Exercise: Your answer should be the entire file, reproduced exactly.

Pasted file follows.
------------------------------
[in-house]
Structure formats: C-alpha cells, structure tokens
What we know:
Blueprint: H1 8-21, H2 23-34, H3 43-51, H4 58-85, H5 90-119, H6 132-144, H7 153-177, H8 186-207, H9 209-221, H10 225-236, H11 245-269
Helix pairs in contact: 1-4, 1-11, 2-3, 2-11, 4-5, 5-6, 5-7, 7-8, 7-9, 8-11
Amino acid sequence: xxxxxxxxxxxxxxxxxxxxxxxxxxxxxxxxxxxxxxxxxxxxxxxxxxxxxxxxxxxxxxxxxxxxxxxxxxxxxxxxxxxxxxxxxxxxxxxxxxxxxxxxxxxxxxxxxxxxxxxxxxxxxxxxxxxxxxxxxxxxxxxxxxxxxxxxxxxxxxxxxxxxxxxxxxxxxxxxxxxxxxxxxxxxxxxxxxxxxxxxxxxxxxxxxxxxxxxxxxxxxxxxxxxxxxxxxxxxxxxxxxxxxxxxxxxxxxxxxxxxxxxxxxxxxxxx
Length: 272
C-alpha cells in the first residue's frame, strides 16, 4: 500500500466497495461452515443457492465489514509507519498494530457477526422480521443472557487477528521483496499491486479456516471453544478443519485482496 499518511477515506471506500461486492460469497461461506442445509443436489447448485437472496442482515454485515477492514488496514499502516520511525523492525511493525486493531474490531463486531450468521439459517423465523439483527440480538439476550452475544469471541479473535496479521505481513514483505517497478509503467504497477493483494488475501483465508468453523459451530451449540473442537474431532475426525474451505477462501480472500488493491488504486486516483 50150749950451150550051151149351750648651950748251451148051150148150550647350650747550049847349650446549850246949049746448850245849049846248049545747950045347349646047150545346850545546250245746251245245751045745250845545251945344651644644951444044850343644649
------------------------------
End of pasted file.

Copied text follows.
[in-house]
Structure formats: C-alpha cells, structure tokens
What we know:
Blueprint: H1 8-21, H2 23-34, H3 43-51, H4 58-85, H5 90-119, H6 132-144, H7 153-177, H8 186-207, H9 209-221, H10 225-236, H11 245-269
Helix pairs in contact: 1-4, 1-11, 2-3, 2-11, 4-5, 5-6, 5-7, 7-8, 7-9, 8-11
Amino acid sequence: xxxxxxxxxxxxxxxxxxxxxxxxxxxxxxxxxxxxxxxxxxxxxxxxxxxxxxxxxxxxxxxxxxxxxxxxxxxxxxxxxxxxxxxxxxxxxxxxxxxxxxxxxxxxxxxxxxxxxxxxxxxxxxxxxxxxxxxxxxxxxxxxxxxxxxxxxxxxxxxxxxxxxxxxxxxxxxxxxxxxxxxxxxxxxxxxxxxxxxxxxxxxxxxxxxxxxxxxxxxxxxxxxxxxxxxxxxxxxxxxxxxxxxxxxxxxxxxxxxxxxxxxxxxxxxxx
Length: 272
C-alpha cells in the first residue's frame, strides 16, 4: 500500500466497495461452515443457492465489514509507519498494530457477526422480521443472557487477528521483496499491486479456516471453544478443519485482496 499518511477515506471506500461486492460469497461461506442445509443436489447448485437472496442482515454485515477492514488496514499502516520511525523492525511493525486493531474490531463486531450468521439459517423465523439483527440480538439476550452475544469471541479473535496479521505481513514483505517497478509503467504497477493483494488475501483465508468453523459451530451449540473442537474431532475426525474451505477462501480472500488493491488504486486516483 50150749950451150550051151149351750648651950748251451148051150148150550647350650747550049847349650446549850246949049746448850245849049846248049545747950045347349646047150545346850545546250245746251245245751045745250845545251945344651644644951444044850343644649